# How do I create or test for NaN or infinity in Perl?

How do I create or test for NaN or infinite values in Perl?

## Answers

print "Is NaN\n" if $a eq 'nan'; print "Is Inf\n" if $a eq 'inf' or $a eq '-inf';

**EDIT**: Fixed for negative infinity.

Here's a fairly reliable way:

my $inf = 9**9**9; my $neginf = -9**9**9; my $nan = -sin(9**9**9); sub isinf { $_[0]==9**9**9 || $_[0]==-9**9**9 } sub isnan { ! defined( $_[0] <=> 9**9**9 ) } # useful for detecting negative zero sub signbit { substr( sprintf( '%g', $_[0] ), 0, 1 ) eq '-' } for my $num ( $inf, $neginf, $nan ) { printf("%s:\tisinf: %d,\tisnan: %d,\tsignbit: %d\n", $num, isinf($num), isnan($num), signbit($num)); }

Output is:

inf: isinf: 1, isnan: 0, signbit: 0 -inf: isinf: 1, isnan: 0, signbit: 1 nan: isinf: 0, isnan: 1, signbit: 0

Use Data::Float from CPAN. It exports the following functions:

- float_is_infinite()
- float_is_nan()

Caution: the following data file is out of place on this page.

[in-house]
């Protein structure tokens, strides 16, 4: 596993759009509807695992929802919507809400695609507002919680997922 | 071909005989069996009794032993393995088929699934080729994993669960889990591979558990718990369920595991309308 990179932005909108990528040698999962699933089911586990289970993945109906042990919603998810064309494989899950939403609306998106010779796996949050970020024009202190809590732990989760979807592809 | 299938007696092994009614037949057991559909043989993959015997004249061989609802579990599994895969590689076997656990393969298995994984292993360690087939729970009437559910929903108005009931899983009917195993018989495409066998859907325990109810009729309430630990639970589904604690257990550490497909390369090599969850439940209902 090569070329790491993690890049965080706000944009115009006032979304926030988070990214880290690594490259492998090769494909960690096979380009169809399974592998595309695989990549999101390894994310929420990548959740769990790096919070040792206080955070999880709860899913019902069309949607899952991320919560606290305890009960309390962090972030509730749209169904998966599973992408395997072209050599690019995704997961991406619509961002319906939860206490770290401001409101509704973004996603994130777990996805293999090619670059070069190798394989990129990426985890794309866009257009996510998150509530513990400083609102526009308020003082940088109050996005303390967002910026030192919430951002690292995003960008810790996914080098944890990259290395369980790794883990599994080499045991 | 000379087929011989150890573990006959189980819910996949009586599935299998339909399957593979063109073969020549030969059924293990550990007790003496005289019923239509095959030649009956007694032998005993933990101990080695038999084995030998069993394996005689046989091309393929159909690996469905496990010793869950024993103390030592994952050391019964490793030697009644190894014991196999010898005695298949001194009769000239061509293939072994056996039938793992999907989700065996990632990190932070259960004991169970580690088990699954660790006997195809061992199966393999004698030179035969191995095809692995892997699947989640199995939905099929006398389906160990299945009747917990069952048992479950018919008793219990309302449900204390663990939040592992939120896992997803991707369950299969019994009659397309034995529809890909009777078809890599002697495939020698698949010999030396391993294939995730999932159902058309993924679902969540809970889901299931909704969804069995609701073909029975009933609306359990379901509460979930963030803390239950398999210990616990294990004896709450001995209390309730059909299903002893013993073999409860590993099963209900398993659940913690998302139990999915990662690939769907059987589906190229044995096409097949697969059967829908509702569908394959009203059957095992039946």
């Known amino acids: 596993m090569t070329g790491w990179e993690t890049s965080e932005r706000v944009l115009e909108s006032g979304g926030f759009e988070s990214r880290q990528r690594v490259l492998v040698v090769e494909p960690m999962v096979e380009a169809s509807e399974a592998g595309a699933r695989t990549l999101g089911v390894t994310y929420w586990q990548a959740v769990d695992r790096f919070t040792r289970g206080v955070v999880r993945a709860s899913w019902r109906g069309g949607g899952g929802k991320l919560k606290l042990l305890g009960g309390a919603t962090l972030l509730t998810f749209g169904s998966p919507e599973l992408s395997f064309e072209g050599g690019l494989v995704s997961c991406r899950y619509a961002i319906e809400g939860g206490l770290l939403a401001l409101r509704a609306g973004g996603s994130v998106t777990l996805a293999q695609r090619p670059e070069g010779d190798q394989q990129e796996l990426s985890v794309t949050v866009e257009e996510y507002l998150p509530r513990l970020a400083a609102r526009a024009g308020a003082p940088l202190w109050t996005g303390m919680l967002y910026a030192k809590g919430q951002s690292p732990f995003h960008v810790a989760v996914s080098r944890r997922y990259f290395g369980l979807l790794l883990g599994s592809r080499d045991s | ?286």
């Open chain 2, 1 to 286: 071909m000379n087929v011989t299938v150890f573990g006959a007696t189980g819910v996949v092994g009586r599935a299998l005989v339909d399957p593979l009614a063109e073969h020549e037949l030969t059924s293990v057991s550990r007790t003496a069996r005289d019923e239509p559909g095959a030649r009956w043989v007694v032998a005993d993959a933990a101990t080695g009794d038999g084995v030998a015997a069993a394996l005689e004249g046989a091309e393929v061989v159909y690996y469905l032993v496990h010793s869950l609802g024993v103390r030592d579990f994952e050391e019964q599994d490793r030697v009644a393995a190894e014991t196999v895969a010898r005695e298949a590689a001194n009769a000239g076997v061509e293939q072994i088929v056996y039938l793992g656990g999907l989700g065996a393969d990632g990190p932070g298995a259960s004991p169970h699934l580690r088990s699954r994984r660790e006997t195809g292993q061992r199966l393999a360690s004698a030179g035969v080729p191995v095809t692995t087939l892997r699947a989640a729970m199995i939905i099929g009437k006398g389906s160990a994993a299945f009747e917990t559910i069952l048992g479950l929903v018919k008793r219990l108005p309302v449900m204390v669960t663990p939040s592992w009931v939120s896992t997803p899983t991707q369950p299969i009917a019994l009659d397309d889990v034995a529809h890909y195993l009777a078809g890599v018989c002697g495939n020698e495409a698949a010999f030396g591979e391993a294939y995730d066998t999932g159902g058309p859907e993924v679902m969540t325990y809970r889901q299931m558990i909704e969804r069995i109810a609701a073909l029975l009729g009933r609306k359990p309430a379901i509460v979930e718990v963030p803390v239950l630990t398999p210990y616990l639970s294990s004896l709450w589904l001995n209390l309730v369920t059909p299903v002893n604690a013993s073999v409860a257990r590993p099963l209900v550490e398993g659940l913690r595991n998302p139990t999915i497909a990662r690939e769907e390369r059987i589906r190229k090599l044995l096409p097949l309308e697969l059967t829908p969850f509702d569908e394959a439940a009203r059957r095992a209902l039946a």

- ...

And contrary to the others half-working solutions posted here, it has a testsuite.

Personally, I would use Math::BigFloat (or BigInt) for anything that is going to touch infinity of NaN.

Why reinvent the wheel with a hack solution when there are already modules that do the job?

When I searched I got this site (here) and http://www.learning-perl.com/2015/05/perls-special-not-a-numbers/

The linked article points out that "nan" == "nan" is never true, when the underlying c implementation supports NaN because Nan cannot match itself.

This is nicely illustrated with

die "This perl does not support NaN!\n" if "NaN" == "NaN";

I guess the risk of running you code in an environment where perl has degraded gracefully and your code has not might be low enough so that you don't worry too much.

And of course if you don't want perl to interpolate as a number, use 'eq' not '=='

Succinct answer that works follows.

1: How to create a "NAN" variable for output (to printf, for example):

{no strict 'subs'; $NAN="NAN"+1;}

2: How to test for "NAN" (looks like ascii art):

sub isnan {!($_[0]<=0||$_[0]>=0)}

3: How to create an "INF" and INFN variables:

{$INF="INF"+1; $INFN=-"INF"+1}

4: How to test for "INF" (of any sign):

sub isinf {($_[0]==+"INF")||($_[0]==-"INF")}